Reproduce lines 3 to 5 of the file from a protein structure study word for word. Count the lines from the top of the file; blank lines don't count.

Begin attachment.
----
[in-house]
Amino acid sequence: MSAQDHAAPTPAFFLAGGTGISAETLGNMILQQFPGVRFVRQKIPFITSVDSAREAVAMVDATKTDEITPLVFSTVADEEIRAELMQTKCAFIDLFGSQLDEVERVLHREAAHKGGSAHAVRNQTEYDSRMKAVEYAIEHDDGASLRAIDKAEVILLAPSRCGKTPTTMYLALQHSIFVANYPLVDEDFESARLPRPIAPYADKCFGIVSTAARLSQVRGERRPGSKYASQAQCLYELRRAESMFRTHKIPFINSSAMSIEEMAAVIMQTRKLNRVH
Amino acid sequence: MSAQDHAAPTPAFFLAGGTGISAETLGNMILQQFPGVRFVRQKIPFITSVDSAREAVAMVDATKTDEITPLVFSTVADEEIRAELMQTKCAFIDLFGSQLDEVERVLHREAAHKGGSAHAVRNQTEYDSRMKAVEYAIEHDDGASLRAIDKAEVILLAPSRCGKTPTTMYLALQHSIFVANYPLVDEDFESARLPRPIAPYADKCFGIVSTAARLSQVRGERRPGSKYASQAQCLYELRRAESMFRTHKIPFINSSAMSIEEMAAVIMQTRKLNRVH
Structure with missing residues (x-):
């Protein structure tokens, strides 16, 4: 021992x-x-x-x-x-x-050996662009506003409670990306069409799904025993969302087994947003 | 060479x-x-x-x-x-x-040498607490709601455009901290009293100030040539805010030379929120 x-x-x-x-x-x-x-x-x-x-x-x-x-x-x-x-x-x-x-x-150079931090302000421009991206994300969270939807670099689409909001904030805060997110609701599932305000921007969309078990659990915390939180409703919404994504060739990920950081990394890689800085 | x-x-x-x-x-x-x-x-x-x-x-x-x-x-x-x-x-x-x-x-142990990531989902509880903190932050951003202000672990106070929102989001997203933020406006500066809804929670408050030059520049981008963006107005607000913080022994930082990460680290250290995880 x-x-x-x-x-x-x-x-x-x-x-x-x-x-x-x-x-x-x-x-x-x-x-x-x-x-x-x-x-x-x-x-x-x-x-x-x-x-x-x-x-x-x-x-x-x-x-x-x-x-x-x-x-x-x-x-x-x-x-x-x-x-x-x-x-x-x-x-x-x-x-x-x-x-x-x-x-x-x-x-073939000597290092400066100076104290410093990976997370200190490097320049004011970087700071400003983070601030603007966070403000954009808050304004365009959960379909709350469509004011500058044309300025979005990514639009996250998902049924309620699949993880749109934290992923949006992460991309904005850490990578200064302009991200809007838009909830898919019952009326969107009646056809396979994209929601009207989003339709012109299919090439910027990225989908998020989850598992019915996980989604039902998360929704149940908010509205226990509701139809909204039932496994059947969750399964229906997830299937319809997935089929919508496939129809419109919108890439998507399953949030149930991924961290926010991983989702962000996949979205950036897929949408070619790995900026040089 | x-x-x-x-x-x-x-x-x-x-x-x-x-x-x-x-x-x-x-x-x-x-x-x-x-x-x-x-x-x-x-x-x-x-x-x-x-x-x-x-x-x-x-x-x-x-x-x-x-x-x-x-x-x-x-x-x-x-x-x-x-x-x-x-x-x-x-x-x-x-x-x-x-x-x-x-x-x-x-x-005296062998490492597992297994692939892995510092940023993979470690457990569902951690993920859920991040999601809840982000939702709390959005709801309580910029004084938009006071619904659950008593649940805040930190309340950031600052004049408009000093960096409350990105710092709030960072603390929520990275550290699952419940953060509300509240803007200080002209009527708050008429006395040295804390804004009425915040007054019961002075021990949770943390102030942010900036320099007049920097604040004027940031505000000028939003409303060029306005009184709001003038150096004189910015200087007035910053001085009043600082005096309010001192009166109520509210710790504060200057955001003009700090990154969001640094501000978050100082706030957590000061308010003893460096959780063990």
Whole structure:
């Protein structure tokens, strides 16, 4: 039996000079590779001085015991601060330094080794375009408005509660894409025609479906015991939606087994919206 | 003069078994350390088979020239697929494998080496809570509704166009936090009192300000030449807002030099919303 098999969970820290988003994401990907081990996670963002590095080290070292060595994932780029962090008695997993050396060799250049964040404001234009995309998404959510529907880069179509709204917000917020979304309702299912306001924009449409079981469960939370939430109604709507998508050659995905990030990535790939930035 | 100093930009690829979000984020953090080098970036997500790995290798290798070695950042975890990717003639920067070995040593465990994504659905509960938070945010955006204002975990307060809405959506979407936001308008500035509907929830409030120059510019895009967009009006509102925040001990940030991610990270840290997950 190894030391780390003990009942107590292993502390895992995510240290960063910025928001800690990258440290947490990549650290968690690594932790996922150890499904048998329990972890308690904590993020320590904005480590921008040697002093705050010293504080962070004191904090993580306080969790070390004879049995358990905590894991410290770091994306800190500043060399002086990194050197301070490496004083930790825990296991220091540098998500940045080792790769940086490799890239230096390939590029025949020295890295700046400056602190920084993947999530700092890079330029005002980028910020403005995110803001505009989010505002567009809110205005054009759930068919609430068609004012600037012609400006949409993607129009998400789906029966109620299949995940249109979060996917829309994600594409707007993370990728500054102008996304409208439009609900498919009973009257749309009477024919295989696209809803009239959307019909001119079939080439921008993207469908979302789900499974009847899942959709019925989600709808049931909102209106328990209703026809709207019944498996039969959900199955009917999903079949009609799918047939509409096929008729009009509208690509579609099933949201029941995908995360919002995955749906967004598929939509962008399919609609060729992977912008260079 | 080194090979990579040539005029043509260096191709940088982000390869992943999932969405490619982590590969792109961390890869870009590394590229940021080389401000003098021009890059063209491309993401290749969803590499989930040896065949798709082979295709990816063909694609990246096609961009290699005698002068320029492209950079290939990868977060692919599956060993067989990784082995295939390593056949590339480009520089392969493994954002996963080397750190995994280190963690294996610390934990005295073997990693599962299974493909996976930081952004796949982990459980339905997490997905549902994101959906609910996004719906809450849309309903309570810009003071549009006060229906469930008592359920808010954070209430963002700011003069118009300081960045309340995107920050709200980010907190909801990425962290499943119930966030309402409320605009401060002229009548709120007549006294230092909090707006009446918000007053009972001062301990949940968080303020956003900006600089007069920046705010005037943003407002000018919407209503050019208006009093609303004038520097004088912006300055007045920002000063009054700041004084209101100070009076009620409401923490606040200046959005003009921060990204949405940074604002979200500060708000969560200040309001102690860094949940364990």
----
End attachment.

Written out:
Amino acid sequence: MSAQDHAAPTPAFFLAGGTGISAETLGNMILQQFPGVRFVRQKIPFITSVDSAREAVAMVDATKTDEITPLVFSTVADEEIRAELMQTKCAFIDLFGSQLDEVERVLHREAAHKGGSAHAVRNQTEYDSRMKAVEYAIEHDDGASLRAIDKAEVILLAPSRCGKTPTTMYLALQHSIFVANYPLVDEDFESARLPRPIAPYADKCFGIVSTAARLSQVRGERRPGSKYASQAQCLYELRRAESMFRTHKIPFINSSAMSIEEMAAVIMQTRKLNRVH
Structure with missing residues (x-):
């Protein structure tokens, strides 16, 4: 021992x-x-x-x-x-x-050996662009506003409670990306069409799904025993969302087994947003 | 060479x-x-x-x-x-x-040498607490709601455009901290009293100030040539805010030379929120 x-x-x-x-x-x-x-x-x-x-x-x-x-x-x-x-x-x-x-x-150079931090302000421009991206994300969270939807670099689409909001904030805060997110609701599932305000921007969309078990659990915390939180409703919404994504060739990920950081990394890689800085 | x-x-x-x-x-x-x-x-x-x-x-x-x-x-x-x-x-x-x-x-142990990531989902509880903190932050951003202000672990106070929102989001997203933020406006500066809804929670408050030059520049981008963006107005607000913080022994930082990460680290250290995880 x-x-x-x-x-x-x-x-x-x-x-x-x-x-x-x-x-x-x-x-x-x-x-x-x-x-x-x-x-x-x-x-x-x-x-x-x-x-x-x-x-x-x-x-x-x-x-x-x-x-x-x-x-x-x-x-x-x-x-x-x-x-x-x-x-x-x-x-x-x-x-x-x-x-x-x-x-x-x-x-073939000597290092400066100076104290410093990976997370200190490097320049004011970087700071400003983070601030603007966070403000954009808050304004365009959960379909709350469509004011500058044309300025979005990514639009996250998902049924309620699949993880749109934290992923949006992460991309904005850490990578200064302009991200809007838009909830898919019952009326969107009646056809396979994209929601009207989003339709012109299919090439910027990225989908998020989850598992019915996980989604039902998360929704149940908010509205226990509701139809909204039932496994059947969750399964229906997830299937319809997935089929919508496939129809419109919108890439998507399953949030149930991924961290926010991983989702962000996949979205950036897929949408070619790995900026040089 | x-x-x-x-x-x-x-x-x-x-x-x-x-x-x-x-x-x-x-x-x-x-x-x-x-x-x-x-x-x-x-x-x-x-x-x-x-x-x-x-x-x-x-x-x-x-x-x-x-x-x-x-x-x-x-x-x-x-x-x-x-x-x-x-x-x-x-x-x-x-x-x-x-x-x-x-x-x-x-x-005296062998490492597992297994692939892995510092940023993979470690457990569902951690993920859920991040999601809840982000939702709390959005709801309580910029004084938009006071619904659950008593649940805040930190309340950031600052004049408009000093960096409350990105710092709030960072603390929520990275550290699952419940953060509300509240803007200080002209009527708050008429006395040295804390804004009425915040007054019961002075021990949770943390102030942010900036320099007049920097604040004027940031505000000028939003409303060029306005009184709001003038150096004189910015200087007035910053001085009043600082005096309010001192009166109520509210710790504060200057955001003009700090990154969001640094501000978050100082706030957590000061308010003893460096959780063990």